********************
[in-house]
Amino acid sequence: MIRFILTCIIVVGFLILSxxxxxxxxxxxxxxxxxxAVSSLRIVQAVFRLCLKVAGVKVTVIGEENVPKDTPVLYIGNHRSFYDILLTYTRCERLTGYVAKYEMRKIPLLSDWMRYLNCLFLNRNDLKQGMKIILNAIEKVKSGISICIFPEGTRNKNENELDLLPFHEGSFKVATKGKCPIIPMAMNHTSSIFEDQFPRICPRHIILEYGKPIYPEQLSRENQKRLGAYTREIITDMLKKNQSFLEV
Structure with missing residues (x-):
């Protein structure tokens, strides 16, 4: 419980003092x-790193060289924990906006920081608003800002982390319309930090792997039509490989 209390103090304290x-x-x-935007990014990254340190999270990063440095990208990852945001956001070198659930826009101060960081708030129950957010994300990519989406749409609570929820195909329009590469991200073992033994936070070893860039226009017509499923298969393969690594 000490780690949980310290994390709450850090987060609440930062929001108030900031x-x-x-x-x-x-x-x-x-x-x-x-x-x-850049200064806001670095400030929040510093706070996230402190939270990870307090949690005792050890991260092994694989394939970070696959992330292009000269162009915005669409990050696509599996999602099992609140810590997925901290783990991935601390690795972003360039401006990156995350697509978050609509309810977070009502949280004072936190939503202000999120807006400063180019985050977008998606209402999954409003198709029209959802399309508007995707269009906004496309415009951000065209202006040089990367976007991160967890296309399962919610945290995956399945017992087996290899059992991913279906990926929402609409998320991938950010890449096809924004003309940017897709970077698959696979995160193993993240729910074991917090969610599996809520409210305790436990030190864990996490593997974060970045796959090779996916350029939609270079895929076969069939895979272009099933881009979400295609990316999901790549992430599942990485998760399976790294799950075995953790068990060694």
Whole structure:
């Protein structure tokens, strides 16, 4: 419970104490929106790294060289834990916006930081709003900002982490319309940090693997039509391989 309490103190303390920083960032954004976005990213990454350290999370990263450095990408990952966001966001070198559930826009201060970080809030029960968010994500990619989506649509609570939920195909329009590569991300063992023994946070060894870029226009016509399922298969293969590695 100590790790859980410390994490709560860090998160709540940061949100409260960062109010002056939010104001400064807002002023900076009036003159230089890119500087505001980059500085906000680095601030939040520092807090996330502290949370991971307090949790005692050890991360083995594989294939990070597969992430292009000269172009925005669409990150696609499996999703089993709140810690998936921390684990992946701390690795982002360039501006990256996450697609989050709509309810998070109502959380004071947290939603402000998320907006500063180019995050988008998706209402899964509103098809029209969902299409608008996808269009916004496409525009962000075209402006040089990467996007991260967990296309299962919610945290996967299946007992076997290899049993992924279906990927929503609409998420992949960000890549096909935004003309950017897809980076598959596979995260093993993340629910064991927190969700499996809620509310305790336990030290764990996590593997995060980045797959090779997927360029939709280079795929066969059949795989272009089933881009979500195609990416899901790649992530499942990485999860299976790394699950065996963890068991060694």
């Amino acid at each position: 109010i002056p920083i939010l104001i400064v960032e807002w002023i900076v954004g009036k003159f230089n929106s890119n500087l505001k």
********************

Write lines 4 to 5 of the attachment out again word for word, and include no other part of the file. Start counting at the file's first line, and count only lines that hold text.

């Protein structure tokens, strides 16, 4: 419980003092x-790193060289924990906006920081608003800002982390319309930090792997039509490989 209390103090304290x-x-x-935007990014990254340190999270990063440095990208990852945001956001070198659930826009101060960081708030129950957010994300990519989406749409609570929820195909329009590469991200073992033994936070070893860039226009017509499923298969393969690594 000490780690949980310290994390709450850090987060609440930062929001108030900031x-x-x-x-x-x-x-x-x-x-x-x-x-x-850049200064806001670095400030929040510093706070996230402190939270990870307090949690005792050890991260092994694989394939970070696959992330292009000269162009915005669409990050696509599996999602099992609140810590997925901290783990991935601390690795972003360039401006990156995350697509978050609509309810977070009502949280004072936190939503202000999120807006400063180019985050977008998606209402999954409003198709029209959802399309508007995707269009906004496309415009951000065209202006040089990367976007991160967890296309399962919610945290995956399945017992087996290899059992991913279906990926929402609409998320991938950010890449096809924004003309940017897709970077698959696979995160193993993240729910074991917090969610599996809520409210305790436990030190864990996490593997974060970045796959090779996916350029939609270079895929076969069939895979272009099933881009979400295609990316999901790549992430599942990485998760399976790294799950075995953790068990060694």
Whole structure: